McCain has insisted again and again that all the evidence – documents, witnesses, satellite photos, two Pentagon chiefs’ sworn testimony, aborted rescue missions, ransom offers apparently scorned – has been woven together by unscrupulous deceivers to create an insidious and unpatriotic myth. He calls it the “bizarre rantings of the MIA hobbyists.” He has regularly vilified those who keep trying to pry out classified documents as “hoaxers,” charlatans,” “conspiracy theorists” and “dime-store Rambos.”

Some of McCain’s fellow captives at Hoa Lo prison in Hanoi didn’t share his views about prisoners left behind. Before he died of leukemia in 1999, retired Col. Ted Guy, a highly admired POW and one of the most dogged resisters in the camps, wrote an angry open letter to the senator in an MIA newsletter – a response to McCain’s stream of insults hurled at MIA activists. Guy wrote: “John, does this [the insults] include Senator Bob Smith [a New Hampshire Republican and activist on POW issues] and other concerned elected officials? Does this include the families of the missing where there is overwhelming evidence that their loved ones were ‘last known alive’? Does this include some of your fellow POWs?”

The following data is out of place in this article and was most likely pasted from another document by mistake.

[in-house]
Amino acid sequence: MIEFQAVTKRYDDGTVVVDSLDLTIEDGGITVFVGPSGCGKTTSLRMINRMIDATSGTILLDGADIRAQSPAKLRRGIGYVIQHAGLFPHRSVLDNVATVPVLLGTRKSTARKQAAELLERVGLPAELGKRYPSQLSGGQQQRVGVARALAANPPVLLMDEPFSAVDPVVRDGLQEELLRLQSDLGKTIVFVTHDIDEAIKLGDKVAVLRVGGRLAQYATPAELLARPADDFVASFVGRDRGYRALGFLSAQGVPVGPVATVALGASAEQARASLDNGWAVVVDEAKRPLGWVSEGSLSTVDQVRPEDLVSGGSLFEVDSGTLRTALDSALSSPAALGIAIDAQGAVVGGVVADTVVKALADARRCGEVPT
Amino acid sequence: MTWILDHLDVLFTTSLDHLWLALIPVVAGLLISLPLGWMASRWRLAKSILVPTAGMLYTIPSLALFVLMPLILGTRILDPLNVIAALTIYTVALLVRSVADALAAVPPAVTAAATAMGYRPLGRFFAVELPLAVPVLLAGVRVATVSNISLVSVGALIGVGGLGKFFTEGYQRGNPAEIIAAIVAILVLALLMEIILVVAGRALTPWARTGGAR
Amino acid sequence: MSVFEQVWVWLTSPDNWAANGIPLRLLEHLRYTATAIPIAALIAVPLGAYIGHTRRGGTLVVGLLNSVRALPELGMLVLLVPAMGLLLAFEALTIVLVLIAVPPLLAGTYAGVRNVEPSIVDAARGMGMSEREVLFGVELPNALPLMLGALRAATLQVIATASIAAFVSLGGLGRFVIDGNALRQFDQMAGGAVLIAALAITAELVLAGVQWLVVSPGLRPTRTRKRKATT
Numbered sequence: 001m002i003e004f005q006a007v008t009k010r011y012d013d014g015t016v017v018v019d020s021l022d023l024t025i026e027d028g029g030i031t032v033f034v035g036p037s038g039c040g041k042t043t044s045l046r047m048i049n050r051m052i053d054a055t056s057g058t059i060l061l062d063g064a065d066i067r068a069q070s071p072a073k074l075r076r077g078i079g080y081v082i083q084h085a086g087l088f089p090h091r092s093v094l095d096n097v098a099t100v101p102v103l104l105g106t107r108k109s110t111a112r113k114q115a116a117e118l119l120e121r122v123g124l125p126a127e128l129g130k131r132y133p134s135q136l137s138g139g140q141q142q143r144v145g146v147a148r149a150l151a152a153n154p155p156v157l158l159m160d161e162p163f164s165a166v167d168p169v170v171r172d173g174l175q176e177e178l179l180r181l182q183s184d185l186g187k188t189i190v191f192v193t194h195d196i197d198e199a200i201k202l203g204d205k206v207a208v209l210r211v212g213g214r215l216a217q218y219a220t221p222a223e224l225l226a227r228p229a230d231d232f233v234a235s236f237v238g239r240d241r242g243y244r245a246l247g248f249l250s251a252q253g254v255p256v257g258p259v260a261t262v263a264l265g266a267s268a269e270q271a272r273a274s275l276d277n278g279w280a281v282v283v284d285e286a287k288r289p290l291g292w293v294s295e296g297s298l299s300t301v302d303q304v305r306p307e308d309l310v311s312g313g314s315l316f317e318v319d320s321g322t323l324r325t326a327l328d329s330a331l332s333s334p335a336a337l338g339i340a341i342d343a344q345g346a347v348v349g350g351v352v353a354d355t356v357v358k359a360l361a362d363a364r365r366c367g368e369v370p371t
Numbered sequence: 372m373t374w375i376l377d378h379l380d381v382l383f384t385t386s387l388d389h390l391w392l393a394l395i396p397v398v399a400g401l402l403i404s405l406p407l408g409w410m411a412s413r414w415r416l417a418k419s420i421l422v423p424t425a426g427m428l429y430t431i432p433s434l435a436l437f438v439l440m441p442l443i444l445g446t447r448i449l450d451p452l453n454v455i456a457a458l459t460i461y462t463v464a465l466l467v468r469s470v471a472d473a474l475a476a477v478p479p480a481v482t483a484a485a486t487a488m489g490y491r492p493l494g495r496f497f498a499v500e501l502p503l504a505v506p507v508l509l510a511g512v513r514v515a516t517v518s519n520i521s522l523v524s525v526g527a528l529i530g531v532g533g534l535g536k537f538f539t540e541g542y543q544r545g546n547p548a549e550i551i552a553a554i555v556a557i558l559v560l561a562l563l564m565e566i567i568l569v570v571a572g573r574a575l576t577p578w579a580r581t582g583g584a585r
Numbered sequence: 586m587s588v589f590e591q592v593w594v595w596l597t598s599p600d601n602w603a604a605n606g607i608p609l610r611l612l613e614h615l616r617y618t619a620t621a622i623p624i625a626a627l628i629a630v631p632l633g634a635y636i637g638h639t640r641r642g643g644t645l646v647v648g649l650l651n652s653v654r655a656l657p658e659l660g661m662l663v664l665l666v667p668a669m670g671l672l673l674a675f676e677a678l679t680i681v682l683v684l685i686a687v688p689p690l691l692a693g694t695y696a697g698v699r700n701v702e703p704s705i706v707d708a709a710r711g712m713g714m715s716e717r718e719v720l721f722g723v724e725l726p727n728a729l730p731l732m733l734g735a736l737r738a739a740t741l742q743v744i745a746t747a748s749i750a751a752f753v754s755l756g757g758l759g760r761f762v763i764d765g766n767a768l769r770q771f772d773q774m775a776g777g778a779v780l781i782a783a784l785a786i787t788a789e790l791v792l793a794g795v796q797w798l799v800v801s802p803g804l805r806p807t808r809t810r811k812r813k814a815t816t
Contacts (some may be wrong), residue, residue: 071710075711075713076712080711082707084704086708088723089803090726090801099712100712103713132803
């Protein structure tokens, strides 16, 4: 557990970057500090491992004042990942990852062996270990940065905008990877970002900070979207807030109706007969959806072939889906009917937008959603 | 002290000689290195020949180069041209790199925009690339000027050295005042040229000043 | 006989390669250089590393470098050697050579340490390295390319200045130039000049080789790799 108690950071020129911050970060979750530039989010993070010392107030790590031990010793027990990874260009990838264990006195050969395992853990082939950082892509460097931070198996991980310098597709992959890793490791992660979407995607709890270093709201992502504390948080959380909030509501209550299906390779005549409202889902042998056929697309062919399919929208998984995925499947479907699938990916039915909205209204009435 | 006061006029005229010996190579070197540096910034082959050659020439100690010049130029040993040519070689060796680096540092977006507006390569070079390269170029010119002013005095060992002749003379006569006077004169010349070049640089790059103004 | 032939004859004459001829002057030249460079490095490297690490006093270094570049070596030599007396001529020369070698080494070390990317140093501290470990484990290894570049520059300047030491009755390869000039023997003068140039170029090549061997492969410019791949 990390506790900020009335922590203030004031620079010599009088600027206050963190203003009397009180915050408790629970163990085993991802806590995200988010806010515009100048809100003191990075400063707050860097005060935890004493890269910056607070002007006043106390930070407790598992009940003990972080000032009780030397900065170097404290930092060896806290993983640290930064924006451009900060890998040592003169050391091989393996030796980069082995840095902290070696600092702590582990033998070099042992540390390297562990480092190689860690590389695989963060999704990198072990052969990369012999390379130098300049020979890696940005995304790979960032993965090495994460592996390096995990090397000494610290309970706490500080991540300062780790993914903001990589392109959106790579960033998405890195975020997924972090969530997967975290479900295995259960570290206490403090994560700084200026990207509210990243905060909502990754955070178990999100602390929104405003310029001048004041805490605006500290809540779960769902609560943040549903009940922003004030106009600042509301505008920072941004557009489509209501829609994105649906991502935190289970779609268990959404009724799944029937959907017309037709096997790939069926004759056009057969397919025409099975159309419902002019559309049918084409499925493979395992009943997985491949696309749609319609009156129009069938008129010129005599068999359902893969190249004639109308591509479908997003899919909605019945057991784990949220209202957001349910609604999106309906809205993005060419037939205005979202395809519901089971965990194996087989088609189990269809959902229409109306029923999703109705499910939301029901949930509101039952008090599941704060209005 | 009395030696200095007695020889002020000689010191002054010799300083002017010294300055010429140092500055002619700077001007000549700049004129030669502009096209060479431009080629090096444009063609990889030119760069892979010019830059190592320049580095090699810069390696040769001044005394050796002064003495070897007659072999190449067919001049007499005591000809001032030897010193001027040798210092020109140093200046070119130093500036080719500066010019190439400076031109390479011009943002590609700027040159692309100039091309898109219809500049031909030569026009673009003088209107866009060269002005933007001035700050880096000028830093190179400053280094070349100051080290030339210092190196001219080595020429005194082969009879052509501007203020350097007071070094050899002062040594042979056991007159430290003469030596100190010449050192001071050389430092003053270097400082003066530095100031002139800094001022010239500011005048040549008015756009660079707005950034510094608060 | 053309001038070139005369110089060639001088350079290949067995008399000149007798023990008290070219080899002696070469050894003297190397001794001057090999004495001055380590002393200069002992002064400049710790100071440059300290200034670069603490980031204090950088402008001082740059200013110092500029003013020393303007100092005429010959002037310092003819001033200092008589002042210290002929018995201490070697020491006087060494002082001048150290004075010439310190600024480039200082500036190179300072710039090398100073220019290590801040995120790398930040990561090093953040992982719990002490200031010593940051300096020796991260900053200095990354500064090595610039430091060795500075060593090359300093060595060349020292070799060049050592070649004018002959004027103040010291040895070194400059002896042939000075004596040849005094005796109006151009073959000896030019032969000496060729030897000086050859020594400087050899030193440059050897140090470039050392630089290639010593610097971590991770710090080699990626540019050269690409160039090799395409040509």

It’s not clear whether the taped confession McCain gave to his captors to avoid further torture has played a role in his post-war behavior in the Senate. That confession was played endlessly over the prison loudspeaker system at Hoa Lo – to try to break down other prisoners – and was broadcast over Hanoi’s state radio. Reportedly, he confessed to being a war criminal who had bombed civilian targets. The Pentagon has a copy of the confession but will not release it. Also, no outsider I know of has ever seen a non-redacted copy of the debriefing of McCain when he returned from captivity, which is classified but could be made public by McCain. (See the Pentagon’s rejection of my attempt to obtain records of this debriefing.)